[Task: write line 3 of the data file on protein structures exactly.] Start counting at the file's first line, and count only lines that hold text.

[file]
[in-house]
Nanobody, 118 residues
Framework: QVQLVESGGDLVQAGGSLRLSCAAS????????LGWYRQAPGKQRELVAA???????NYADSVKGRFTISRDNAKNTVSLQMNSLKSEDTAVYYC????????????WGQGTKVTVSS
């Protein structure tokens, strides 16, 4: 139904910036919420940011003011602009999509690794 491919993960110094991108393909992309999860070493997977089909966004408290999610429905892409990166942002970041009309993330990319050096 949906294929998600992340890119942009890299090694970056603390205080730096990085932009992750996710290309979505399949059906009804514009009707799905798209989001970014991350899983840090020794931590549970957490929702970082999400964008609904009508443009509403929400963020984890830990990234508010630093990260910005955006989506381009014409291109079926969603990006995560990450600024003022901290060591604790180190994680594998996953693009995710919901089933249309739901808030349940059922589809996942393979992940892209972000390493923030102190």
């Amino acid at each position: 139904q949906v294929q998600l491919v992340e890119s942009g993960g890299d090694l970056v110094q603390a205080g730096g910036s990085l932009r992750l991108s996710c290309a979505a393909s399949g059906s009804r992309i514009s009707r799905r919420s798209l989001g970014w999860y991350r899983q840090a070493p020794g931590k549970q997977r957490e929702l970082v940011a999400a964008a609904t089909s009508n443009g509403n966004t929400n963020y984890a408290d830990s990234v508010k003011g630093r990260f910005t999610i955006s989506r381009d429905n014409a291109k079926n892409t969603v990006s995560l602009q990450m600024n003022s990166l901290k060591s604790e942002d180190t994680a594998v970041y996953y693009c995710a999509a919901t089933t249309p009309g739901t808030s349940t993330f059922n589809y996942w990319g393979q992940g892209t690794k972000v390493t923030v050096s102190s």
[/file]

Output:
Framework: QVQLVESGGDLVQAGGSLRLSCAAS????????LGWYRQAPGKQRELVAA???????NYADSVKGRFTISRDNAKNTVSLQMNSLKSEDTAVYYC????????????WGQGTKVTVSS